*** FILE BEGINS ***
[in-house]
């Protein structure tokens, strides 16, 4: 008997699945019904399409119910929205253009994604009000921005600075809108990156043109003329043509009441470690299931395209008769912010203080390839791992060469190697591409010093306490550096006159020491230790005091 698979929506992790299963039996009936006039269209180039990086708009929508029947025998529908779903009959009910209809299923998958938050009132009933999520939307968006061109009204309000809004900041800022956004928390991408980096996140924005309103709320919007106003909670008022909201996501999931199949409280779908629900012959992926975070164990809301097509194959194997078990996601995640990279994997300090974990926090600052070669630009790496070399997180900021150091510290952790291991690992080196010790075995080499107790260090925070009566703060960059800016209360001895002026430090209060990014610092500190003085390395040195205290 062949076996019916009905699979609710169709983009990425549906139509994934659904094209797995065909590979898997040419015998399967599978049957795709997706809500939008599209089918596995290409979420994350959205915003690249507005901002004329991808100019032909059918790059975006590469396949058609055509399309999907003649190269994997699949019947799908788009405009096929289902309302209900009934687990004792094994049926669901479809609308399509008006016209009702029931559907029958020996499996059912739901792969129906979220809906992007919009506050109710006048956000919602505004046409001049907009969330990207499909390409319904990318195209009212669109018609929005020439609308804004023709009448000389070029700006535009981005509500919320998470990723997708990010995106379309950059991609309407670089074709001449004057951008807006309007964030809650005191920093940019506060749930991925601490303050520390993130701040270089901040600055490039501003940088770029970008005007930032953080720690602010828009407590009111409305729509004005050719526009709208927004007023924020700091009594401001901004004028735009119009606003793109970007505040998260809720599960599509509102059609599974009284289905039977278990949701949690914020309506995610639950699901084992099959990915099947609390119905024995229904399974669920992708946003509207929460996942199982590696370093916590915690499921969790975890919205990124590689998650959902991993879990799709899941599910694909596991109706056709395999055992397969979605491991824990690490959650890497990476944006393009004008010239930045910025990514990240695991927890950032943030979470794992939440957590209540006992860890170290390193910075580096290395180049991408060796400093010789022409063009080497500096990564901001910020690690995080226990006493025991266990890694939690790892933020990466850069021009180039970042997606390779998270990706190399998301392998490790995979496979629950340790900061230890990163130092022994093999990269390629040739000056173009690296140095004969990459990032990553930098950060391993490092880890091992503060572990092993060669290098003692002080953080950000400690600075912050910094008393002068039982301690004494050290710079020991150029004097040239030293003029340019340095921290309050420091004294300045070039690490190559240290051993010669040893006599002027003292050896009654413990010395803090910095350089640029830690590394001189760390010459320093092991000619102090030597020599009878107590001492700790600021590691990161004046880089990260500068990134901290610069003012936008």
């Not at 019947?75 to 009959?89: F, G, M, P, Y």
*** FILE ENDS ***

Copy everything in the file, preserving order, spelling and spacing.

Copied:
[in-house]
């Protein structure tokens, strides 16, 4: 008997699945019904399409119910929205253009994604009000921005600075809108990156043109003329043509009441470690299931395209008769912010203080390839791992060469190697591409010093306490550096006159020491230790005091 698979929506992790299963039996009936006039269209180039990086708009929508029947025998529908779903009959009910209809299923998958938050009132009933999520939307968006061109009204309000809004900041800022956004928390991408980096996140924005309103709320919007106003909670008022909201996501999931199949409280779908629900012959992926975070164990809301097509194959194997078990996601995640990279994997300090974990926090600052070669630009790496070399997180900021150091510290952790291991690992080196010790075995080499107790260090925070009566703060960059800016209360001895002026430090209060990014610092500190003085390395040195205290 062949076996019916009905699979609710169709983009990425549906139509994934659904094209797995065909590979898997040419015998399967599978049957795709997706809500939008599209089918596995290409979420994350959205915003690249507005901002004329991808100019032909059918790059975006590469396949058609055509399309999907003649190269994997699949019947799908788009405009096929289902309302209900009934687990004792094994049926669901479809609308399509008006016209009702029931559907029958020996499996059912739901792969129906979220809906992007919009506050109710006048956000919602505004046409001049907009969330990207499909390409319904990318195209009212669109018609929005020439609308804004023709009448000389070029700006535009981005509500919320998470990723997708990010995106379309950059991609309407670089074709001449004057951008807006309007964030809650005191920093940019506060749930991925601490303050520390993130701040270089901040600055490039501003940088770029970008005007930032953080720690602010828009407590009111409305729509004005050719526009709208927004007023924020700091009594401001901004004028735009119009606003793109970007505040998260809720599960599509509102059609599974009284289905039977278990949701949690914020309506995610639950699901084992099959990915099947609390119905024995229904399974669920992708946003509207929460996942199982590696370093916590915690499921969790975890919205990124590689998650959902991993879990799709899941599910694909596991109706056709395999055992397969979605491991824990690490959650890497990476944006393009004008010239930045910025990514990240695991927890950032943030979470794992939440957590209540006992860890170290390193910075580096290395180049991408060796400093010789022409063009080497500096990564901001910020690690995080226990006493025991266990890694939690790892933020990466850069021009180039970042997606390779998270990706190399998301392998490790995979496979629950340790900061230890990163130092022994093999990269390629040739000056173009690296140095004969990459990032990553930098950060391993490092880890091992503060572990092993060669290098003692002080953080950000400690600075912050910094008393002068039982301690004494050290710079020991150029004097040239030293003029340019340095921290309050420091004294300045070039690490190559240290051993010669040893006599002027003292050896009654413990010395803090910095350089640029830690590394001189760390010459320093092991000619102090030597020599009878107590001492700790600021590691990161004046880089990260500068990134901290610069003012936008």
């Not at 019947?75 to 009959?89: F, G, M, P, Y």